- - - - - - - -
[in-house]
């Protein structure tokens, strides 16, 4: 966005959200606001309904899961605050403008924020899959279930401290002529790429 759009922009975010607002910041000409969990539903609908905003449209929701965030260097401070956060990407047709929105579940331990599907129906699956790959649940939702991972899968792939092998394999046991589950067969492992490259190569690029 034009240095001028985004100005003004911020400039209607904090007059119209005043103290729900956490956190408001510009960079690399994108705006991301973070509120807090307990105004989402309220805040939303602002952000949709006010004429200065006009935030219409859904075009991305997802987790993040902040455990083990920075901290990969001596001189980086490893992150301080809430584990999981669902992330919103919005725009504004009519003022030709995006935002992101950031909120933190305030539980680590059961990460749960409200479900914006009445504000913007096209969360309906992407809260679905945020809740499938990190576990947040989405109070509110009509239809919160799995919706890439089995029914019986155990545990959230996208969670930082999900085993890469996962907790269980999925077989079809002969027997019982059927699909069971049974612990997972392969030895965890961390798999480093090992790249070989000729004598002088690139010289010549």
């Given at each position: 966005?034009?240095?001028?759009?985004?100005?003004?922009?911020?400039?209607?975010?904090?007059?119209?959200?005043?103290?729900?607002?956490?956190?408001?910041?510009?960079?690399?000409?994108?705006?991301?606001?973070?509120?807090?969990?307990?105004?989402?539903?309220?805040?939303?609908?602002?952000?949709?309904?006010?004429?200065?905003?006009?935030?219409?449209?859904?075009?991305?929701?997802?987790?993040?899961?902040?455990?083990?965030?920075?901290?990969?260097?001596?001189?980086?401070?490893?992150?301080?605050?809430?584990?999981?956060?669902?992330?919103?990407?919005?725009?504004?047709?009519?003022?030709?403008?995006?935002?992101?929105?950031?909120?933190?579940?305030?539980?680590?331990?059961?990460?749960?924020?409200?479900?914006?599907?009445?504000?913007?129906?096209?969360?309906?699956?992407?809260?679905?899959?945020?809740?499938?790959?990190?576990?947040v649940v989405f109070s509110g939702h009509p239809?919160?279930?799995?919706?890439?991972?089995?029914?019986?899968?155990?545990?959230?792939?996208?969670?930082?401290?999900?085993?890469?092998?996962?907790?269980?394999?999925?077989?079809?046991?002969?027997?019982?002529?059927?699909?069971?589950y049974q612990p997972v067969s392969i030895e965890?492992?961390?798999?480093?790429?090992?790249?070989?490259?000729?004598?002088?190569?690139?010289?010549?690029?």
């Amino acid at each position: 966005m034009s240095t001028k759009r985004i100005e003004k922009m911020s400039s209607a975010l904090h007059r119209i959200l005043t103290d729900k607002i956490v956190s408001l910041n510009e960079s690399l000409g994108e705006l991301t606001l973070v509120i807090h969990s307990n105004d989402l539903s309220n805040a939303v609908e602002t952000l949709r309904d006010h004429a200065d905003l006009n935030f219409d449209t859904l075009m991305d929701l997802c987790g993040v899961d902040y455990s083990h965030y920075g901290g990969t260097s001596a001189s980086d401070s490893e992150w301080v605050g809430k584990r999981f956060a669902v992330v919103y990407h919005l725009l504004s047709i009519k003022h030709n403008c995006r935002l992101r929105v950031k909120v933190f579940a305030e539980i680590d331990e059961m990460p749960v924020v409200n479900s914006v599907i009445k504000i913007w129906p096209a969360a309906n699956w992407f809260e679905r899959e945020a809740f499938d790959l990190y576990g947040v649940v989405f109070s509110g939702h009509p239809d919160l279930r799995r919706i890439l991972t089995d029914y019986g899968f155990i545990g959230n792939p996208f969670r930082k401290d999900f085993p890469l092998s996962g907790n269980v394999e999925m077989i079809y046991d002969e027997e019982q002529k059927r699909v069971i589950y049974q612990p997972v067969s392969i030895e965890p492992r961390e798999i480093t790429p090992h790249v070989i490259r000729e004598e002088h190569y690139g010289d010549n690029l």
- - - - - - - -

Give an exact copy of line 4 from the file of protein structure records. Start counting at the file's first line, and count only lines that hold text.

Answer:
């Amino acid at each position: 966005m034009s240095t001028k759009r985004i100005e003004k922009m911020s400039s209607a975010l904090h007059r119209i959200l005043t103290d729900k607002i956490v956190s408001l910041n510009e960079s690399l000409g994108e705006l991301t606001l973070v509120i807090h969990s307990n105004d989402l539903s309220n805040a939303v609908e602002t952000l949709r309904d006010h004429a200065d905003l006009n935030f219409d449209t859904l075009m991305d929701l997802c987790g993040v899961d902040y455990s083990h965030y920075g901290g990969t260097s001596a001189s980086d401070s490893e992150w301080v605050g809430k584990r999981f956060a669902v992330v919103y990407h919005l725009l504004s047709i009519k003022h030709n403008c995006r935002l992101r929105v950031k909120v933190f579940a305030e539980i680590d331990e059961m990460p749960v924020v409200n479900s914006v599907i009445k504000i913007w129906p096209a969360a309906n699956w992407f809260e679905r899959e945020a809740f499938d790959l990190y576990g947040v649940v989405f109070s509110g939702h009509p239809d919160l279930r799995r919706i890439l991972t089995d029914y019986g899968f155990i545990g959230n792939p996208f969670r930082k401290d999900f085993p890469l092998s996962g907790n269980v394999e999925m077989i079809y046991d002969e027997e019982q002529k059927r699909v069971i589950y049974q612990p997972v067969s392969i030895e965890p492992r961390e798999i480093t790429p090992h790249v070989i490259r000729e004598e002088h190569y690139g010289d010549n690029l």